Tuesday, September 17, 2013

What a Great Way to Spend a Day!

 
 
Earlier this year I was contacted by Kelley Baum, a teacher at Franklin Fine Arts school in Chicago with a request that I participate in the school's annual Arts Day.  I was happy to have been asked and eager to participate in this annual event.  Every year artists from all areas of the arts are invited to spend the day with the student body.  This year artists included dance companies, authors, theater companies, visual artists, actors and musicians. 

 
I have some experience with teaching art in the classroom.  During the 2005-2006 academic year, I designed and implemented a weekly comprehensive art education curriculum for a Montessori class of children ages 6-9.  This curriculum amounted to a hands-on trip through art history.  The challenge was to create weekly projects that not only followed the history of art but were engaging and workable with the ages included in the classroom.  We began with one of the earliest examples of art, cave paintings.  Working with clay each student created his/her own individual section of a cave wall and carved and painted it using the original cave painting images for inspiration.  Well, needless to say, working with clay was a big hit with 6-9 year olds.  It was a messy but successful first class!  Throughout the year we progressed through the history of art.  We made papyrus scrolls with glue and brown paper bags (which was  messy and therefore a hit!) which we decorated by adding each students name in hieroglyphs.  The students got to feel what it must have been like for Leonardo de Vinci to paint the ceiling of the Sistine Chapel when they created drawings on boards fastened to the bottom of their chairs.  They also were introduced to artistic concepts such as cubism, surrealism and abstract expressionism.  During one class I told the children about Jean Arp and the idea of chance.  By tearing  pieces of paper, dropping them onto a sheet of paper and gluing them down where they fell, each student was able to create their own collage using the law of chance.  This also taught them the importance of letting things happen and being ok with that lack of control.  That was probably one of the most important lessons taught in art class that year; to let things happen, to embrace that your art was not like the example or the student sitting next to you.  "Happy accidents" became my mantra and I repeated it more times that I can remember during that year of art.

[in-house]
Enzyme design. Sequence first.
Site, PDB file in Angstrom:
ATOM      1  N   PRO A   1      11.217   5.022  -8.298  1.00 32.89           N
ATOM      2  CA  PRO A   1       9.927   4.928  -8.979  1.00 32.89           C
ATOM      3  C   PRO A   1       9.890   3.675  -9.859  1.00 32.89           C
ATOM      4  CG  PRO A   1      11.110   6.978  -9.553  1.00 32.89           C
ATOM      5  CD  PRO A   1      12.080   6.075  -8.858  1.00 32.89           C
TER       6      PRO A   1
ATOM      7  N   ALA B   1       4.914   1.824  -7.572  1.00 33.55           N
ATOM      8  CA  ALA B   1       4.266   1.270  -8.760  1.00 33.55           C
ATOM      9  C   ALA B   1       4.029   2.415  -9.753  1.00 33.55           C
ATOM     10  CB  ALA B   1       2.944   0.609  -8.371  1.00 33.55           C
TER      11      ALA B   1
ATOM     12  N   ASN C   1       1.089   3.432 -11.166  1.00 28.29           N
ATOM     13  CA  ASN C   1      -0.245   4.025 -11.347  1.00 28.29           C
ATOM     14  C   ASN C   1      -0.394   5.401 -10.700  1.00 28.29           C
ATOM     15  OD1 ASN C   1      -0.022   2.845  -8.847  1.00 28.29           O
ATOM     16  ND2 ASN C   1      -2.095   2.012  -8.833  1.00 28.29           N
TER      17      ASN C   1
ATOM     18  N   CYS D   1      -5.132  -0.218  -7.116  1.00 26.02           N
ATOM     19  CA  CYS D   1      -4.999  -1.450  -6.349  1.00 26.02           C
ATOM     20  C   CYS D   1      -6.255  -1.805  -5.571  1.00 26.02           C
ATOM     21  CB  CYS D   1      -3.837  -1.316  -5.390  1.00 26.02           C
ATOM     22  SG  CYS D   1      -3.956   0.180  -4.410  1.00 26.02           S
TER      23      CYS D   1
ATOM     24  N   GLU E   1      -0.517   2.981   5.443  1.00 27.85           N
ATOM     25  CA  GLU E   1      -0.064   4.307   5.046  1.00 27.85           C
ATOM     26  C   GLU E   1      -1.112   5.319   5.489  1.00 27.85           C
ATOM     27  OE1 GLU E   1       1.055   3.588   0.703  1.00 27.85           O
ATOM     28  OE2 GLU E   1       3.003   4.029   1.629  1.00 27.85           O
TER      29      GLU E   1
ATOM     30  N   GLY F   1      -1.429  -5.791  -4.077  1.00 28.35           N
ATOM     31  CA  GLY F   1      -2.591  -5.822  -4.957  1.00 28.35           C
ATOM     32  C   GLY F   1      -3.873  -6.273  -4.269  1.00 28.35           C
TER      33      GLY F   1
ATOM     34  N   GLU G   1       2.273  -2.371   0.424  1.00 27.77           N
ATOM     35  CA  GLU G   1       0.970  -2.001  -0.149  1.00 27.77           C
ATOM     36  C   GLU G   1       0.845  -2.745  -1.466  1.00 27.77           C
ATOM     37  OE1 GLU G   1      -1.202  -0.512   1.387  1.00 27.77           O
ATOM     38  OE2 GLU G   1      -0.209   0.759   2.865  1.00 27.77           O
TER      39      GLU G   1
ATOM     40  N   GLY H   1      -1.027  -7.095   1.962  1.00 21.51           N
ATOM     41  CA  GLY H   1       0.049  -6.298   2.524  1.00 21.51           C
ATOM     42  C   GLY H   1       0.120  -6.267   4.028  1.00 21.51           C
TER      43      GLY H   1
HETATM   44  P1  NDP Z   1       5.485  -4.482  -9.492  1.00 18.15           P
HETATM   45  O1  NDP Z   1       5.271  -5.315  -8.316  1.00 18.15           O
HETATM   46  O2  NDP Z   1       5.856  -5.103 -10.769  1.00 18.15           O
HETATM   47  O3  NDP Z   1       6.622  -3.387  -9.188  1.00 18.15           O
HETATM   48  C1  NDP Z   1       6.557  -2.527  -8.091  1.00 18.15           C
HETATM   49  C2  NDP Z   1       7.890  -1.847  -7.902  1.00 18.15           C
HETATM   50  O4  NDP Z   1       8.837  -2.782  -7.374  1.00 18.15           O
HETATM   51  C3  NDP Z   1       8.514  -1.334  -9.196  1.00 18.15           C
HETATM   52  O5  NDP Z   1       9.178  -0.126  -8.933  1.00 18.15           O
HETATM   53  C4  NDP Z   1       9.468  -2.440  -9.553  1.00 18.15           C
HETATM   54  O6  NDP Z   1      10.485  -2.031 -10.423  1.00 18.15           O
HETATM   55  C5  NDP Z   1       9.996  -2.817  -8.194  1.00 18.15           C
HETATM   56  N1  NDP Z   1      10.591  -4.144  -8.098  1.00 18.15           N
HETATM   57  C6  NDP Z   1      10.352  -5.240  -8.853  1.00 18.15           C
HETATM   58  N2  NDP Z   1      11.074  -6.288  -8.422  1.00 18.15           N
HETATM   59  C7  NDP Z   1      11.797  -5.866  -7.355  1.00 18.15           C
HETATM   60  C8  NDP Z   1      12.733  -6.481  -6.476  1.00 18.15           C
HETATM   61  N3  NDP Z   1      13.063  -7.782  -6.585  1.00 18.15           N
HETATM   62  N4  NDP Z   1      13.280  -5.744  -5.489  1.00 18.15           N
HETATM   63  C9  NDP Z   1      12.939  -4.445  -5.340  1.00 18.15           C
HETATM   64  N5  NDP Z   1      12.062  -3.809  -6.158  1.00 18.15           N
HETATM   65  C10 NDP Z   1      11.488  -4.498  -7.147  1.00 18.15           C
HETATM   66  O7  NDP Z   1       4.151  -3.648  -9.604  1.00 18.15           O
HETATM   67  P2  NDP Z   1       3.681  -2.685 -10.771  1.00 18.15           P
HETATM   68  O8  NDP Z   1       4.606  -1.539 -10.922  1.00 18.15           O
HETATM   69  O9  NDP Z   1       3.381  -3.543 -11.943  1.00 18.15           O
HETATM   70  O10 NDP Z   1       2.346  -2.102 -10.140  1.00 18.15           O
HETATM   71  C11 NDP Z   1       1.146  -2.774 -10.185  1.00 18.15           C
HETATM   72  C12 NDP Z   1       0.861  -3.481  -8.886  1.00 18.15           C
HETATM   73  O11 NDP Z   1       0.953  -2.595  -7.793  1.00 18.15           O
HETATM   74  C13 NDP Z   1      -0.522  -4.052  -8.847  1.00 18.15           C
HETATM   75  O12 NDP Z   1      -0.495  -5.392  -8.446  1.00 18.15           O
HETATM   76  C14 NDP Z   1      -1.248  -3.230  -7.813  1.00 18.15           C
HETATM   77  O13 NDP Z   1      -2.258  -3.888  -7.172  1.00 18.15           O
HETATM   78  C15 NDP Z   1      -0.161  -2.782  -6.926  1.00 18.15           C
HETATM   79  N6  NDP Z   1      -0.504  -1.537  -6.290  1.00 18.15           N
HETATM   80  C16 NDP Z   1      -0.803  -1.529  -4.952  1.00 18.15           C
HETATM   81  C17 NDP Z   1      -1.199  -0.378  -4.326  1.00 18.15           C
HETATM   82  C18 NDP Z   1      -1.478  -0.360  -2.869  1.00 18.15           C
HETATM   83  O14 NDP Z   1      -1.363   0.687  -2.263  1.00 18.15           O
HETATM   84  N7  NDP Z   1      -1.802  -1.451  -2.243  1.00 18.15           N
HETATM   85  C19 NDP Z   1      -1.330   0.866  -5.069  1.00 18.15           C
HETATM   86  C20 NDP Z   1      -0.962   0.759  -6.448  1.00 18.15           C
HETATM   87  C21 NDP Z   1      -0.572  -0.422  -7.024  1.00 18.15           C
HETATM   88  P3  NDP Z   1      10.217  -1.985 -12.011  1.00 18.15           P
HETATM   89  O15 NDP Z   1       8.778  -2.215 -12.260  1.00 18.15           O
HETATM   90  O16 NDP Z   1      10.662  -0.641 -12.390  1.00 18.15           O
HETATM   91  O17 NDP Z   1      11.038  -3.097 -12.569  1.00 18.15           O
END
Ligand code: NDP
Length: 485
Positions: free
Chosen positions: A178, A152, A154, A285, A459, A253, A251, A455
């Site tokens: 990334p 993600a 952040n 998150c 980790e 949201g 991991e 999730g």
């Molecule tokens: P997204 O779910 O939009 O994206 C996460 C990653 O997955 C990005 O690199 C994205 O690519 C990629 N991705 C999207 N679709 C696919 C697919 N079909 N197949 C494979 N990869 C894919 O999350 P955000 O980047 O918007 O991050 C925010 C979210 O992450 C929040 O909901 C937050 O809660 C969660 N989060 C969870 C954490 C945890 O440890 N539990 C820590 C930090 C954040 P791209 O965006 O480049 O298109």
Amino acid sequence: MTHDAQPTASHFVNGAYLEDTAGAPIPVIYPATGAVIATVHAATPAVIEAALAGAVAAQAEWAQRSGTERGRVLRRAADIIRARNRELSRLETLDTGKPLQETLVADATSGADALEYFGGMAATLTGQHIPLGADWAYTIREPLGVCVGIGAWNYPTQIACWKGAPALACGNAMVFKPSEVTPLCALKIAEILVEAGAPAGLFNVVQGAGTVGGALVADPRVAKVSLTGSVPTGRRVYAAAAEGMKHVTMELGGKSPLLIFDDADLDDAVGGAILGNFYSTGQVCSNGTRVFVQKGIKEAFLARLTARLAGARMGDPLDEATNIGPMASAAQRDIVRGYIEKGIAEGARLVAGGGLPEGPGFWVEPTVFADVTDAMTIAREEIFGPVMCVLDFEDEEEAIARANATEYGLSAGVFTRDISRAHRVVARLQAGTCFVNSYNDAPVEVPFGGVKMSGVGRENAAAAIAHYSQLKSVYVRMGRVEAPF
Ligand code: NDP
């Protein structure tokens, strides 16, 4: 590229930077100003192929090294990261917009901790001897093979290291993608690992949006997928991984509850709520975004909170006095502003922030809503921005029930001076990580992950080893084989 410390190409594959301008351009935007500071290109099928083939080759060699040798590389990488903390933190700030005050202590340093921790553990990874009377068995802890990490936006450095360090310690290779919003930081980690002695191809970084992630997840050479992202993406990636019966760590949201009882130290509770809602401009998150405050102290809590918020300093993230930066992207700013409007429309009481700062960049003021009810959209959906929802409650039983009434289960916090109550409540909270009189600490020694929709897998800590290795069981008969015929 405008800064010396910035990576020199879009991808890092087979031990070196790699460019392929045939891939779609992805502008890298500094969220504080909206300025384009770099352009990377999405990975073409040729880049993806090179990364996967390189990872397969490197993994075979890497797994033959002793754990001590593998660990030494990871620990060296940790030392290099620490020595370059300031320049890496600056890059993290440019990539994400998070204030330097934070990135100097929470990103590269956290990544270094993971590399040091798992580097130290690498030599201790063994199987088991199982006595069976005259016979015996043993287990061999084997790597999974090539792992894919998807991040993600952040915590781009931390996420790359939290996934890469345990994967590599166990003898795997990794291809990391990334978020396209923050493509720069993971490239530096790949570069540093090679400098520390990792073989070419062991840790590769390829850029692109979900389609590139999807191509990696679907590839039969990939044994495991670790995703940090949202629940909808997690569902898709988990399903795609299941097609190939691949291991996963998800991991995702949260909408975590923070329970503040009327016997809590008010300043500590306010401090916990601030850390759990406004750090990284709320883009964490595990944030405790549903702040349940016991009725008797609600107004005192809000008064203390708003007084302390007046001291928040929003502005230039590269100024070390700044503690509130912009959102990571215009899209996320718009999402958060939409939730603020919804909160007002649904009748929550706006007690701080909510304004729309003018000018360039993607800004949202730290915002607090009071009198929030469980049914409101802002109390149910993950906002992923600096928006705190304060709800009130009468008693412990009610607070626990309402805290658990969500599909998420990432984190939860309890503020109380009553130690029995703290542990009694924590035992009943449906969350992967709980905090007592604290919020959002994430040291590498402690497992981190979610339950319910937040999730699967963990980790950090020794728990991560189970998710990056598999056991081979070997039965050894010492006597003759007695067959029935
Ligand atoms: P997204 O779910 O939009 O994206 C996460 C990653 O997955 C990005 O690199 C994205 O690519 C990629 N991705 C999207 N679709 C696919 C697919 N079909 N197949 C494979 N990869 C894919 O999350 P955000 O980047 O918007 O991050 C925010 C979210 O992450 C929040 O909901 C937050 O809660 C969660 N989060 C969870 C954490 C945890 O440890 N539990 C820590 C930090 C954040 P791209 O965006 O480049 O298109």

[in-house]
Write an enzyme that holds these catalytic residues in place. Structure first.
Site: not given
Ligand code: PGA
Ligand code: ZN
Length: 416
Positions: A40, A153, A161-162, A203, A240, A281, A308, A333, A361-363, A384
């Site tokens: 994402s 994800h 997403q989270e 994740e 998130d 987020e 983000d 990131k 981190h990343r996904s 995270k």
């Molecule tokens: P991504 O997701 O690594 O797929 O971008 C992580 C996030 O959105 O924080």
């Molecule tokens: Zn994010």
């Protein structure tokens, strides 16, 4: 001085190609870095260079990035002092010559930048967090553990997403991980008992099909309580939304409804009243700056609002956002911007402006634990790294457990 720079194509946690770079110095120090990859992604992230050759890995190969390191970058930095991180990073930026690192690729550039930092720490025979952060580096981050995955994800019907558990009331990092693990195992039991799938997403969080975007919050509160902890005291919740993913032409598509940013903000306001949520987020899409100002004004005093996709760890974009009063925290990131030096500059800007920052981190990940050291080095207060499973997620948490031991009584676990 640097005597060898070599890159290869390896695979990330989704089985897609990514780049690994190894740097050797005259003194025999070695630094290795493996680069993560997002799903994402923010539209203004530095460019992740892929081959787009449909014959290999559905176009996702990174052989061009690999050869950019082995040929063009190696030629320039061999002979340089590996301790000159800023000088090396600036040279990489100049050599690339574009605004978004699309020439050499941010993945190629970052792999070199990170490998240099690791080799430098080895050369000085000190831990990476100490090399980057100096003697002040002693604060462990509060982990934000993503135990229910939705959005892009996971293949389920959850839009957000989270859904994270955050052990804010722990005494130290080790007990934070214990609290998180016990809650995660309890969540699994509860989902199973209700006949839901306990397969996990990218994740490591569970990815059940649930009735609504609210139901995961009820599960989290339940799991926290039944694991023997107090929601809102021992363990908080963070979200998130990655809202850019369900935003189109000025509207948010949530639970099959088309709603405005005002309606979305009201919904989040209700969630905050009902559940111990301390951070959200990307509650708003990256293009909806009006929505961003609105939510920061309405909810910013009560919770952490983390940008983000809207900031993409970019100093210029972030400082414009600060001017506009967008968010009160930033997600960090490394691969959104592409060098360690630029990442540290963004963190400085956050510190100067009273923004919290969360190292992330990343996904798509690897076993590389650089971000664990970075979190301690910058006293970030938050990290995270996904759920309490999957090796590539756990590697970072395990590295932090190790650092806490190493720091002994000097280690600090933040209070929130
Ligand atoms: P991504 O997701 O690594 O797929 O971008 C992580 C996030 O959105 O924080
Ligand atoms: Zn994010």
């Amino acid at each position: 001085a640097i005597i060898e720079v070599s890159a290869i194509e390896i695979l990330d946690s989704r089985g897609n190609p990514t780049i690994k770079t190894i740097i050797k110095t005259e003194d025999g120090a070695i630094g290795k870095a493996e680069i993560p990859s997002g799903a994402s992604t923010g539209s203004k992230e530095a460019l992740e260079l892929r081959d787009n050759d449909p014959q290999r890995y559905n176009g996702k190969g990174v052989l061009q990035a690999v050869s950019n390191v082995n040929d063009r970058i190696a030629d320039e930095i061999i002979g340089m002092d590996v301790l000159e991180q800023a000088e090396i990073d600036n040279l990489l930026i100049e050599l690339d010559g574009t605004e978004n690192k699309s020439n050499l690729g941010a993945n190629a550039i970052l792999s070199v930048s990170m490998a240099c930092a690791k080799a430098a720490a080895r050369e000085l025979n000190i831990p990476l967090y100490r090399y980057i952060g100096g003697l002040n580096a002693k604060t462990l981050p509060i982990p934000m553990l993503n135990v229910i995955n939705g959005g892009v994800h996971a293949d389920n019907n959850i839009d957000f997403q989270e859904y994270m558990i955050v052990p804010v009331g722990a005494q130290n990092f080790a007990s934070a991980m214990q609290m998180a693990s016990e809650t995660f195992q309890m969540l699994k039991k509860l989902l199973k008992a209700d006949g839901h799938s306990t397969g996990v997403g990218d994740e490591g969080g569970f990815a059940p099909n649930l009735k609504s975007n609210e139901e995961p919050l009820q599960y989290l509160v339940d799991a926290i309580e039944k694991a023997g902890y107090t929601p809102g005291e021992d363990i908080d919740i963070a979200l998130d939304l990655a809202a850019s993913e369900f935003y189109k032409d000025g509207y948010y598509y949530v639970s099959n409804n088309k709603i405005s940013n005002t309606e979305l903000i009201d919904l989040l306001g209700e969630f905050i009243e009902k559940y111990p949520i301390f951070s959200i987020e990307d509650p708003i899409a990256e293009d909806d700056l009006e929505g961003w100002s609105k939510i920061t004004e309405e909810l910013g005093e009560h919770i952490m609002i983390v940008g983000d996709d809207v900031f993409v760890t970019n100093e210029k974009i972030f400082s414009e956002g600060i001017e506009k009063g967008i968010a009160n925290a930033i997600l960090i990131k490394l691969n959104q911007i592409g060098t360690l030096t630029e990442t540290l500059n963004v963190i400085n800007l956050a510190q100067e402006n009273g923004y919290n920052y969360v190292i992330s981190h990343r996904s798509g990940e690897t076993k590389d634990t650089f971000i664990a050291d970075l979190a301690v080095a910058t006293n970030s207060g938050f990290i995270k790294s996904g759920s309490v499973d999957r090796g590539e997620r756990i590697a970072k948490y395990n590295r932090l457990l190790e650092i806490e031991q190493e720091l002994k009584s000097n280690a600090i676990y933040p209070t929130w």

So back to the present, as I said, I was eager to participate in Arts Day and looked forward to having the opportunity to work with students again.  Now, the question was, what was I going to do with a classroom of 4th graders for two hours!?!  I decided to create a project that the children could do that was similar to my encaustic and fiber sculptures but had a decidedly less abstract, more familiar form; the hand. 
 
 
I began my time with the fourth graders of Franklin Fine Arts by talking about encaustic, demonstrating  the process and showing them my work.  The first question I received was whether or not I was a REAL artist.  It was with that question that I knew that it was going to be a great way to spend a day! 
 
 
The excitement level in the classroom was really something.  They were going to spend the next two hours learning about something they did not know (although one little girl told me with great seriousness that she was very familiar with beeswax as her grandmother has candles all over her house).  For the next two hours they were going to make art and that was cause enough for excitement!  Yeas, this was going to be a great way to spend a day! 
 
 
Using paper outlines of their own hand, each child used a lightweight wire to trace that shape and create a simple wire armature.  Looking at the final hand shape that each student formed, I questioned my earlier belief that the hand shape would be a less abstract design than some of my own works! 
 
 
 
With each new sculpture I make, there is inevitably scraps left over of encaustic coated fabric.  It was these remnants, pieces that ended up on the proverbial cutting room floor, that the students were to use for their sculptures.  Laying their wire hands on a piece of wax paper, they chose shapes and colors from my many bags of scraps and layered and layered until their design was complete.  Now it was time to fuse.  This, was a highlight of the day for many of the students who returned to the back of the line again and again to see me heat their hand sculptures again and again.  The heat from the hot air gun causes the fibers to move slightly as the wax melts and the fibers fuse and that, to a fourth grader, is really something to see!  For a final "hands-on" fusing, each design was covered with wax paper and a towel and it's creator was able to rub the surface to ensure a nice smooth fuse as well as being able to feel how warm it had gotten.  Probably the students biggest challenge was waiting until their hand sculpture was cool enough to peel off the top layer of wax paper.
 
 
That really was a great way to spend a day!  I came away with a lot of great memories of the children I met and especially of the things they said and the way they viewed those two hours in their life.  I think my favorite quote of the day was made by a little girl, who, upon hearing someone say that they were not good at art, corrected him by saying that "everyone is good at art".



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